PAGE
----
Originally a DJ trio composed of Jahan Yousaf, Yasmine Yousaf, and Kris Trindl, Krewella is a name that rings strongly throughout the EDM community. Their rise to mainstream fame started early in 2013 with their single Alive, the feel-good summer anthem of 2013 that could be heard on any main stage. Since then, the Krewella has released bangers such as Legacy and Live for the Night, dominated main stages at milestone events like EDC, and, sadly, broken up.

Kris Trindl has reportedly been removed from the group due to his struggles with addiction, leaving the Yousaf sisters to carry on Krewella. As much as the sisters had hoped to see their fans support their decision to put a friend's health over business, the EDM community was outraged. Fans, as well as Joel Zimmerman, a.k.a Deadmau5, argued that Trindl is the talent of the group and accused the Yousaf sisters of making it in the industry solely on their looks. The slaughter of trolling, bashing, and hating on Jahan and Yasmine Yousaf has been ongoing since Trindl's removal in September.

Jahan's Opinion on the Impact of Social Media

Jahan's op-ed on Billboard is a huge deal, because on March 5, 2014, she decided to remove her online presence, claiming that she'd “rather remain silent in a system where people are hustling to fit in and bowing down to those with an elevated online status." Jahan shared with her followers that her addiction to social media and maintaining an online presence took away from her quality of life as well as her devotion to music. But she could only enjoy the silence from social media for so long. Here's a taste of what's being said about her and Yasmine:

  • “Those two fucking whores of Krewella are scum of the earth."
  • “Congrats on becoming sellout whores."
  • “Yousaf sisters are just whores for people to talk about."

These are just three of thousands of hateful tweets and comments directed to Jahan and Yasmin. Fed up with all this noise, Jahan took to Billboard to release her frustrations with the situation, as well as comment on the nasty online behavior and cyberbullying that her and her sister have been subjected to.

Cyberbullying and Social Rejection in a Nutshell

Rather than accosting her haters for not knowing both sides of the story, Jahan takes her sudden online infamy as a “whore" who chose money over friendship as an opportunity to remind people of the psychologically damaging effects of cyberbullying.

“I ask that you step outside your little bubble—or do your research—and understand that a huge portion of our youth's depression, self-destructiveness and cognitive behavioral disorders are a result of societal rejection and shaming that occurs on the internet."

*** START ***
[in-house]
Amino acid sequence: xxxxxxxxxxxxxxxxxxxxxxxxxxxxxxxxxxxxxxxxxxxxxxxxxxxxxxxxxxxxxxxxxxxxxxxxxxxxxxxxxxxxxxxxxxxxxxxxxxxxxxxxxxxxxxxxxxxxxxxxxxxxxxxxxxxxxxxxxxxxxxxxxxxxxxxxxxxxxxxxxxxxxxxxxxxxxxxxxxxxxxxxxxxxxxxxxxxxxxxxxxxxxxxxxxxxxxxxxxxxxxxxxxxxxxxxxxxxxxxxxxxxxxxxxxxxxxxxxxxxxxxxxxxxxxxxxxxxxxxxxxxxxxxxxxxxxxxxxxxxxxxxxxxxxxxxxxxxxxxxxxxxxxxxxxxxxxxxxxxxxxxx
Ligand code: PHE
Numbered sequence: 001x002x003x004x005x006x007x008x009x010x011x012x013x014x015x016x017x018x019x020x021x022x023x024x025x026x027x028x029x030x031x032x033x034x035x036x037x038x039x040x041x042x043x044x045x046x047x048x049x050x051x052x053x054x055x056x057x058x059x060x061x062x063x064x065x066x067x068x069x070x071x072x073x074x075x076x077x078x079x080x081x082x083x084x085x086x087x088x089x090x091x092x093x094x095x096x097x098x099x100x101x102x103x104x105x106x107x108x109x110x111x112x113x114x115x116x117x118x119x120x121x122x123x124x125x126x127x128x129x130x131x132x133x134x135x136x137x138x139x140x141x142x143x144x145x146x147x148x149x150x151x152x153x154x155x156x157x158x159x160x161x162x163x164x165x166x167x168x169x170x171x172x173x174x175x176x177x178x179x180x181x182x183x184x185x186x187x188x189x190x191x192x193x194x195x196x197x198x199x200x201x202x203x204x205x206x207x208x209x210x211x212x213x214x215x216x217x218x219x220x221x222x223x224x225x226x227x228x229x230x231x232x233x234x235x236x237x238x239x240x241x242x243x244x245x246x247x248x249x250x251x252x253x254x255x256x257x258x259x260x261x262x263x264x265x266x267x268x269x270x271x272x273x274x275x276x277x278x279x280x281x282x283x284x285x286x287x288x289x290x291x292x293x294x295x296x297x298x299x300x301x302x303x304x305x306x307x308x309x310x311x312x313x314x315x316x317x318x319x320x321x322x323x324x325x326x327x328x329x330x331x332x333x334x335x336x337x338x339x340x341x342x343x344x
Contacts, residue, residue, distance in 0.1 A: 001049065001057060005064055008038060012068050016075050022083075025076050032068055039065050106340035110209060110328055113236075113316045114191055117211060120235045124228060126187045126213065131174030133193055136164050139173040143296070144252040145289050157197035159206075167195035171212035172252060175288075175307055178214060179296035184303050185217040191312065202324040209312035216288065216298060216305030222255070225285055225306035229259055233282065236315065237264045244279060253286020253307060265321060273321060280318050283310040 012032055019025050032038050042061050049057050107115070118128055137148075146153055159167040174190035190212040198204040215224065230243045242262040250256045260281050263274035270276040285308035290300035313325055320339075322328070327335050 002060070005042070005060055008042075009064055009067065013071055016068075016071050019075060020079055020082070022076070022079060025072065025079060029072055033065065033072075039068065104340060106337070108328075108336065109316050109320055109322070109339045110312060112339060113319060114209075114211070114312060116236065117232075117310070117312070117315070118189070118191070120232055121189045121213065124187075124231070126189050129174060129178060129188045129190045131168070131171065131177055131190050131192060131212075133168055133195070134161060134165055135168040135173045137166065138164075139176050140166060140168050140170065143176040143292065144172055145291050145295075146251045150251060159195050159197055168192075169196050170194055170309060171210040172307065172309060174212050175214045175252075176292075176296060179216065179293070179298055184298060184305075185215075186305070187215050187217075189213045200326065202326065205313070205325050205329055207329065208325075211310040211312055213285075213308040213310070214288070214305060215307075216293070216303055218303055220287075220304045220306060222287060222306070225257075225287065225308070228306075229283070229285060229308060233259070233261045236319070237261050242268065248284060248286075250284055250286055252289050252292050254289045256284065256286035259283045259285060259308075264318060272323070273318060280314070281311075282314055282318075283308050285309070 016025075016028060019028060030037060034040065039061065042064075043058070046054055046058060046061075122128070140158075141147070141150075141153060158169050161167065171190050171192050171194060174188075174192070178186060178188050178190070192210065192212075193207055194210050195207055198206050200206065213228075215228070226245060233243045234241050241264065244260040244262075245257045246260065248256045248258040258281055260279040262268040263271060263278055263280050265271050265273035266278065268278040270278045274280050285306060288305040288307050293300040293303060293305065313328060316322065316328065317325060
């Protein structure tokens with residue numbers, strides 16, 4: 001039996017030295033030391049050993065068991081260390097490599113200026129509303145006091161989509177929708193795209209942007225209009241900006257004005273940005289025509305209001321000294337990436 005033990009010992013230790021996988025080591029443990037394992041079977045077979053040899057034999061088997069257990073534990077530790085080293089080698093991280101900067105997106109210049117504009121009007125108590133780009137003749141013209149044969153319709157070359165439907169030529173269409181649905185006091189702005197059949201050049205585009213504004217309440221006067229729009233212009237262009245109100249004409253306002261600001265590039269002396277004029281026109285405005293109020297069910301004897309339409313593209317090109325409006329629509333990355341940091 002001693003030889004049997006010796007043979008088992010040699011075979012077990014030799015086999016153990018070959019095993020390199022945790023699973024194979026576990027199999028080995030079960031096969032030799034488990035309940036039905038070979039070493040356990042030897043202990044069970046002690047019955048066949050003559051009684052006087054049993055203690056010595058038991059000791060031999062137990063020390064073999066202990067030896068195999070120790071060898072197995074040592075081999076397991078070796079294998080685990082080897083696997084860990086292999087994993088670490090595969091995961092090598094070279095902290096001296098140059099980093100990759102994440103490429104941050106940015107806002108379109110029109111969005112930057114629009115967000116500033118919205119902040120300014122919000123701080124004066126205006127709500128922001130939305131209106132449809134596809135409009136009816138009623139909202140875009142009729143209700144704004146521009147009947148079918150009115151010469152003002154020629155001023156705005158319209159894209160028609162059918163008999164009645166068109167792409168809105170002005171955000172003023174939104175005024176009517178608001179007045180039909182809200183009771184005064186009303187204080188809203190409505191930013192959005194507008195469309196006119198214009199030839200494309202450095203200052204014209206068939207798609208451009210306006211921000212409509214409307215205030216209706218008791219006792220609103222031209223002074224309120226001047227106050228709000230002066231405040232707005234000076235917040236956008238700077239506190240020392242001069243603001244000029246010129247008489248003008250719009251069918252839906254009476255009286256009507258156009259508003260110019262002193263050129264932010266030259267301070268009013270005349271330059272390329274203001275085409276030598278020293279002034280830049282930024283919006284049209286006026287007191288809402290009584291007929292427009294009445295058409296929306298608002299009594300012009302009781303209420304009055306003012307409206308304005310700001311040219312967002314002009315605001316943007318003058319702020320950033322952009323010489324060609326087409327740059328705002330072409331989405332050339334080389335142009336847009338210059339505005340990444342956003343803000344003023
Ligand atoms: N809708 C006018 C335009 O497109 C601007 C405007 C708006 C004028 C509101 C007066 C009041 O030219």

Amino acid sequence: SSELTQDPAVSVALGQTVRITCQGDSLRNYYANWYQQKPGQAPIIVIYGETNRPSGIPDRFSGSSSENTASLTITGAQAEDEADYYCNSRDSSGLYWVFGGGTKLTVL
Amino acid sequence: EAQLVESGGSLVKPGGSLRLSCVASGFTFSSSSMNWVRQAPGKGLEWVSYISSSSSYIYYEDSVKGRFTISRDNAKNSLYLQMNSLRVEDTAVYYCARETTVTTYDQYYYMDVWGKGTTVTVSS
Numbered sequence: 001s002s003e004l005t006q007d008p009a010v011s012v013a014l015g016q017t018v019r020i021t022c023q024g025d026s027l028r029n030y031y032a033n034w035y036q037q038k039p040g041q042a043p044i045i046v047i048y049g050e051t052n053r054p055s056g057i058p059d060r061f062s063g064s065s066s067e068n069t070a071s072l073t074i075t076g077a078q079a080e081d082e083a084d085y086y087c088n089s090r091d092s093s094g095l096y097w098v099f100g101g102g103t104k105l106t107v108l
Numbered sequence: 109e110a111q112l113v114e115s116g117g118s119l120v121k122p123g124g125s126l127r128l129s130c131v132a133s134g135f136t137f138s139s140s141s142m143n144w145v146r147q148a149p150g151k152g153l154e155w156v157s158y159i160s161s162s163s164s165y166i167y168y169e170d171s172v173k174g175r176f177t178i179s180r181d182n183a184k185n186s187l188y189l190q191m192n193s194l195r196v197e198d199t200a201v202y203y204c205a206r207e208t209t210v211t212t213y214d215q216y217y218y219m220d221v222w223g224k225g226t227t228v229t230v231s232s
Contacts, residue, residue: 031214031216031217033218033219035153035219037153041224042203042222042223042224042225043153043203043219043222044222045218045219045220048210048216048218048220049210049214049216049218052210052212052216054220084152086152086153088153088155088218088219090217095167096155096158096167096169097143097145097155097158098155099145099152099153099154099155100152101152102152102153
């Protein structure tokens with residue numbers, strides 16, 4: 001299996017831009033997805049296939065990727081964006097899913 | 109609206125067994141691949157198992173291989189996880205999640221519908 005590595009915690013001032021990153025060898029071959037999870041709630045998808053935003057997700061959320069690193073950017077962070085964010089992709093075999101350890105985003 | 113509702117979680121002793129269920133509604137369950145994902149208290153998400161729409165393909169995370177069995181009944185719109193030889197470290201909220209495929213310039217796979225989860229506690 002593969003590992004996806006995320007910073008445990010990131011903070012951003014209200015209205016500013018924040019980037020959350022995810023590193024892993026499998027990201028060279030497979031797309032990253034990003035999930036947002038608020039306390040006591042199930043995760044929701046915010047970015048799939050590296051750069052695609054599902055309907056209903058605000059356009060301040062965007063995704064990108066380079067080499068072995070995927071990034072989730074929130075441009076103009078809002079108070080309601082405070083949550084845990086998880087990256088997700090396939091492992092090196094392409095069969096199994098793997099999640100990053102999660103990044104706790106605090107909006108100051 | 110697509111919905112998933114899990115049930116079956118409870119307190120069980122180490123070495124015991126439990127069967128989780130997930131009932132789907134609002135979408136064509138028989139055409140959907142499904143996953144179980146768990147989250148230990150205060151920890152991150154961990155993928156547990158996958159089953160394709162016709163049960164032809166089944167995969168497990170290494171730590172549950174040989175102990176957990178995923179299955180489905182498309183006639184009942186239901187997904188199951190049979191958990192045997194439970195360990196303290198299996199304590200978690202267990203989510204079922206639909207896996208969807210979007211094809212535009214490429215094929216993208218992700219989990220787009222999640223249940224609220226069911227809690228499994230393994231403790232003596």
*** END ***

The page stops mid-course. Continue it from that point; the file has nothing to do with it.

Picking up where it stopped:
This harassment and online aggression towards Krewella has gotten out of hand. The issue here is that Jahan and Yasmine Yousaf are not only being critiqued for their music, but that they are also being demoralized and attacked. Jahan reminds people that she is human regardless of being a celebrity and a public figure. Like many other normal human beings, she does not deserve to be bullied, shamed, and rejected from her own community.

The Prevalence of Online Violence Against Women

One of the main issues Jahan addresses in her article is online violence against women. This is particularly important due to the fact that young women are more likely to fall victim to severe cyberbullying, such as stalking and sexual harassment. After reading comments suggesting she should pursue porn instead of music, Jahan felt the need to explain to her critics the magnitude of their derogatory and sexual comments towards the female gender:

“My analysis of the public reaction is a wakeup call that there is still a stigma associated with being a woman: that I am a conspiring and manipulative free-loader who doesn't work as hard or is as talented as a man—and that I use sex to advance my career."

The message that comes across is that the sisters cannot hold the group together without their leading man, Kris. What originated as a controversy over the morals of having a friend's back eventually became the attack on the creative competence of two girls. Jahan feels that because of this strong, negative attitude towards women, few are able to break free from this stereotype and hold powerful positions in the workforce and society. As much as Jahan believes that she can succeed without a man, the seemingly infinite newsfeed that says otherwise makes it hard.

Jahan Encourages Everyone To Help End Cyberbullying

“I am grateful for the handful who showed their concerns for us regarding the repulsive comments, but I am not asking for sympathy. I am asking for everyone to think about the impact this unwelcoming online environment has on our youth wanting success, respect and acceptance."

According to NOBullying.com, 52 percent of young people have been cyber bullied, and additionally, these victims are more likely to struggle with self-esteem and contemplate suicide. Hopefully, Jahan's op-ed strikes a chord with Krewella's upset fans and reminds people to be more mindful of their actions online.

Date of original publication:
Updated on: October 23, 2015

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